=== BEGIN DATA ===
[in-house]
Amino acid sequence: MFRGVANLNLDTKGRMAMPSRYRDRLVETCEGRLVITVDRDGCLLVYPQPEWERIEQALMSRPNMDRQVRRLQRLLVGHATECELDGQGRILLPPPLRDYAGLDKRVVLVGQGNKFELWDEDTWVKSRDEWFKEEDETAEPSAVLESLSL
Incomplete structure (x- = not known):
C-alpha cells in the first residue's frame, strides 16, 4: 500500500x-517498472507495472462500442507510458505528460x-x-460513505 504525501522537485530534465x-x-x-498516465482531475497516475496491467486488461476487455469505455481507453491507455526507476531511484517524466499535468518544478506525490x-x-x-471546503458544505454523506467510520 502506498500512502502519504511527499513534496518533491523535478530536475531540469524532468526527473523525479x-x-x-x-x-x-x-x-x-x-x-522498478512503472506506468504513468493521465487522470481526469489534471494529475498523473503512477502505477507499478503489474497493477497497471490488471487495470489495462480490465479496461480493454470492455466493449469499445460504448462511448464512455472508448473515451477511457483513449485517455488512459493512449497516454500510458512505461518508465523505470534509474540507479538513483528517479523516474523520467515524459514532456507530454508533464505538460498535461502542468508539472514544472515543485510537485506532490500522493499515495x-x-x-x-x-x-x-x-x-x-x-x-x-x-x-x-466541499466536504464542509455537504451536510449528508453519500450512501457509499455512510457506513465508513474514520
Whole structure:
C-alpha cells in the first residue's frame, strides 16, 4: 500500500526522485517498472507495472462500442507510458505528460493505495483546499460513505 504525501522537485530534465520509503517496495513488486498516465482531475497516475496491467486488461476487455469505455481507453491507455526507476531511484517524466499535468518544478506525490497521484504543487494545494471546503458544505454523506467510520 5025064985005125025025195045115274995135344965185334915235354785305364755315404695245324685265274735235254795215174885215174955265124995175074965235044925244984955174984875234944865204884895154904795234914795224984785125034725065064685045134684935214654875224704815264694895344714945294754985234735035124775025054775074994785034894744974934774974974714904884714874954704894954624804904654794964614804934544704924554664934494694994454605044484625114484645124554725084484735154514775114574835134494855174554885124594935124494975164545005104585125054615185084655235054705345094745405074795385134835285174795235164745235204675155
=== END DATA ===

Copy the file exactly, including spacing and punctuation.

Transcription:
[in-house]
Amino acid sequence: MFRGVANLNLDTKGRMAMPSRYRDRLVETCEGRLVITVDRDGCLLVYPQPEWERIEQALMSRPNMDRQVRRLQRLLVGHATECELDGQGRILLPPPLRDYAGLDKRVVLVGQGNKFELWDEDTWVKSRDEWFKEEDETAEPSAVLESLSL
Incomplete structure (x- = not known):
C-alpha cells in the first residue's frame, strides 16, 4: 500500500x-517498472507495472462500442507510458505528460x-x-460513505 504525501522537485530534465x-x-x-498516465482531475497516475496491467486488461476487455469505455481507453491507455526507476531511484517524466499535468518544478506525490x-x-x-471546503458544505454523506467510520 502506498500512502502519504511527499513534496518533491523535478530536475531540469524532468526527473523525479x-x-x-x-x-x-x-x-x-x-x-522498478512503472506506468504513468493521465487522470481526469489534471494529475498523473503512477502505477507499478503489474497493477497497471490488471487495470489495462480490465479496461480493454470492455466493449469499445460504448462511448464512455472508448473515451477511457483513449485517455488512459493512449497516454500510458512505461518508465523505470534509474540507479538513483528517479523516474523520467515524459514532456507530454508533464505538460498535461502542468508539472514544472515543485510537485506532490500522493499515495x-x-x-x-x-x-x-x-x-x-x-x-x-x-x-x-466541499466536504464542509455537504451536510449528508453519500450512501457509499455512510457506513465508513474514520
Whole structure:
C-alpha cells in the first residue's frame, strides 16, 4: 500500500526522485517498472507495472462500442507510458505528460493505495483546499460513505 504525501522537485530534465520509503517496495513488486498516465482531475497516475496491467486488461476487455469505455481507453491507455526507476531511484517524466499535468518544478506525490497521484504543487494545494471546503458544505454523506467510520 5025064985005125025025195045115274995135344965185334915235354785305364755315404695245324685265274735235254795215174885215174955265124995175074965235044925244984955174984875234944865204884895154904795234914795224984785125034725065064685045134684935214654875224704815264694895344714945294754985234735035124775025054775074994785034894744974934774974974714904884714874954704894954624804904654794964614804934544704924554664934494694994454605044484625114484645124554725084484735154514775114574835134494855174554885124594935124494975164545005104585125054615185084655235054705345094745405074795385134835285174795235164745235204675155